131 information.
132 </p>
133
134 <p>
135 If you are a GRP users you can continue with <uri
136 link="#doc_chap2_sect4">Optional: Install GRP Packages</uri>, otherwise go to
137 <uri link="?part=1&amp;chap=12">Where to go from here?</uri>.
138 </p>
139
140 </body>
141 </subsection>
142 <subsection>
143 <title>Optional: Getting Gentoo/MIPS to Work</title>
144 <body>
145
146 <p>
147 When you are rebooted, go to the <e>System Maintenance Menu</e> and select
148 <e>Enter Command Monitor</e> (<c>5</c>). If you want to test your new Gentoo
149 installation, you can just run <c>boot -f &lt;kernel name&gt;</c>. To have your
150 system permanently boot into the Gentoo installation, you need to set some
151 variables in the MIPS PROM:
152 </p>
153
154 <pre caption="Configuring the PROM to Boot Gentoo">
155 1) Start System
156 2) Install System Software
157 3) Run Diagnostics
158 4) Recover System
159 5) Enter Command Monitor
160
161 Option? <i>5</i>
162 Command Monitor. Type "exit" to return to the menu.
163
164 <comment>(&lt;root device&gt; = Gentoo's root partition, e.g. /dev/sda3)</comment>
165 &gt;&gt; <i>setenv OSLoadPartition &lt;root device&gt;</i>
166
167 <comment>(To list the available kernels, type "ls")</comment>
168 &gt;&gt; <i>setenv OSLoader &lt;kernel name&gt;</i>
169 &gt;&gt; <i>setenv OSLoadFilename &lt;kernel name&gt;</i>
170
171 <comment>(Declare the kernel parameters you want to pass)</comment>
172 &gt;&gt; <i>setenv OSLoadOptions &lt;kernel parameters&gt;</i>
173
174 <comment>(Provide the location of the Volume Header)</comment>
175 &gt;&gt; <i>setenv SystemPartition scsi(0)disk(1)rdisk(0)partition(8)</i>
176
177 <comment>(Automatically boot Gentoo)</comment>
178 &gt;&gt; <i>setenv AutoLoad Yes</i>
179
180 <comment>(Set the timezone)</comment>
181 &gt;&gt; <i>setenv TimeZone EST5EDT</i>
182
183 <comment>(Use the serial console - graphic adapter users should have "g" instead of "d1" (one))</comment>
184 &gt;&gt; <i>setenv console d1</i>
185 </pre>
186
187 <p>
188 Now you're ready to enjoy Gentoo!
189 </p>
190
191 </body>
192 </subsection>
193 <subsection>
194 <title>Optional: Install GRP Packages</title>
195 <body>
196
197 <impo>
198 This part is for GRP users only. Other users should skip this part and continue
199 with <uri link="?part=1&amp;chap=12">Where to go from here?</uri>.
200 </impo>
201
202 <p>
203 Now that your system is booted, log on as the user you created (for instance,
204 <c>john</c>) and use <c>su -</c> to gain root privileges:
205 </p>
206
207 <pre caption="Gaining root privileges">
208 $ <i>su -</i>
209 Password: <comment>(Enter your root password)</comment>
210 </pre>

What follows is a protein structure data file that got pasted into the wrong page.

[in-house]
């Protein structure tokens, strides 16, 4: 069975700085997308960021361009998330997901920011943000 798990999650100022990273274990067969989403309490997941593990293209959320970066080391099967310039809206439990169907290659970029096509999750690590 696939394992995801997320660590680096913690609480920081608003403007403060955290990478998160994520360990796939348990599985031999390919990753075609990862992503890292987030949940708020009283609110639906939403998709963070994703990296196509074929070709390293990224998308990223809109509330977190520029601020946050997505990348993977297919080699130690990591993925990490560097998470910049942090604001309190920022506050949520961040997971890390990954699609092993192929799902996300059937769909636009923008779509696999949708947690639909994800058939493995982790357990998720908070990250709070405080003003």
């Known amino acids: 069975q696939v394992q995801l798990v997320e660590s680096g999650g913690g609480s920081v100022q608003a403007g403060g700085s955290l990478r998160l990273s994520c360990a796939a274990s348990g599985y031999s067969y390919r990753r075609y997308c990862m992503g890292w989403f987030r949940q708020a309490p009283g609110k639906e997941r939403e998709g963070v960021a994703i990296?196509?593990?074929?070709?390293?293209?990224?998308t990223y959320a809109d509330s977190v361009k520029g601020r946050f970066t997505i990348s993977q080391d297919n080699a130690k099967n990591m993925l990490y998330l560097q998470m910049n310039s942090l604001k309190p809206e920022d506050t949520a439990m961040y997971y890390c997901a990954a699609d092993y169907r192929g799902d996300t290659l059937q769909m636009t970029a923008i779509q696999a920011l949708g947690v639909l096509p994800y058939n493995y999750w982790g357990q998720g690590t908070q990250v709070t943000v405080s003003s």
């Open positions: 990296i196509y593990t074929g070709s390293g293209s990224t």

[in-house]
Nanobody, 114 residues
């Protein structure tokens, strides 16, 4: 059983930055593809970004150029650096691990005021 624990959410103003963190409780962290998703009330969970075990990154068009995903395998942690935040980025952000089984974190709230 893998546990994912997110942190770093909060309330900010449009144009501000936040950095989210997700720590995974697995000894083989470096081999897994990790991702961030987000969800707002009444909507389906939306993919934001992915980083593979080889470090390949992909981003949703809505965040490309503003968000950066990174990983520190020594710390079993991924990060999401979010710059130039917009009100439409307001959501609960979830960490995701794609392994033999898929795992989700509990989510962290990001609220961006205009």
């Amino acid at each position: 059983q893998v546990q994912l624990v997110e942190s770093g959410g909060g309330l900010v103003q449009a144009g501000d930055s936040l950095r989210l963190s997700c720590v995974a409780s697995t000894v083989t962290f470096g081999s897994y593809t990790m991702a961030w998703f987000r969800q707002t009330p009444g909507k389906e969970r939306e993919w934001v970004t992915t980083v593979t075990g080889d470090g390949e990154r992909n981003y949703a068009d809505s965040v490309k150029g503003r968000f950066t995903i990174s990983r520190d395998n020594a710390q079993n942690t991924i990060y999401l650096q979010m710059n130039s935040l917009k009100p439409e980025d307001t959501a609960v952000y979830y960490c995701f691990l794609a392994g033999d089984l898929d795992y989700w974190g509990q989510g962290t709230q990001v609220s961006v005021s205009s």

211
212 <p>
213 Now we need to change the Portage configuration to look for the prebuilt
214 binaries from the second CD (Gentoo Packages CD). First mount this CD:
215 </p>
216
217 <pre caption="Mount the Packages CD">
218 # <i>mkdir /mnt/cdrom</i>
219 <comment>(Put the Gentoo Packages CD in the CD tray)</comment>
220 # <i>mount /mnt/cdrom</i>
221 </pre>
222
223 <p>
224 Now configure Portage to use <path>/mnt/cdrom</path> for its prebuilt packages:
225 </p>
226
227 <pre caption="Configuring Portage to use /mnt/cdrom">
228 # <i>ls /mnt/cdrom</i>
229
230 <comment>(If there is a /mnt/cdrom/packages directory:)</comment>
231 # <i>export PKGDIR="/mnt/cdrom/packages"</i>
232
233 <comment>(Otherwise:)</comment>
234 # <i>export PKGDIR="/mnt/cdrom"</i>
235 </pre>
236
237 <p>
238 Now install the packages you want. The Packages CD contains several prebuilt
239 binaries, for instance KDE:
240 </p>
241
242 <pre caption="Installing KDE">
243 # <i>USE="bindist" emerge --usepkg kde</i>
244 </pre>
245
246 <p>
247 The <c>USE="bindist"</c> is needed when you install XFree (either directly or as
248 a dependency). It prevents the downloading of Microsoft's core fonts (which we
249 cannot distribute on our LiveCDs).
250 </p>
251
252 <p>
253 Be sure to install the binaries now. When you do an <c>emerge sync</c> to update
254 Portage (as you will learn later), the prebuilt binaries might not match against
255 the ebuilds in your updated Portage. You can try to circumvent this by using
256 <c>emerge --usepkgonly</c> instead of <c>emerge --usepkg</c>.
257 </p>
258
259 <p>
260 Congratulations, your system is now fully equiped! Continue with <uri
261 link="?part=1&amp;chap=12">Where to go from here?</uri> to learn more about
262 Gentoo.
263 </p>
264
265 </body>
266 </subsection>
267 </section>
268 </sections>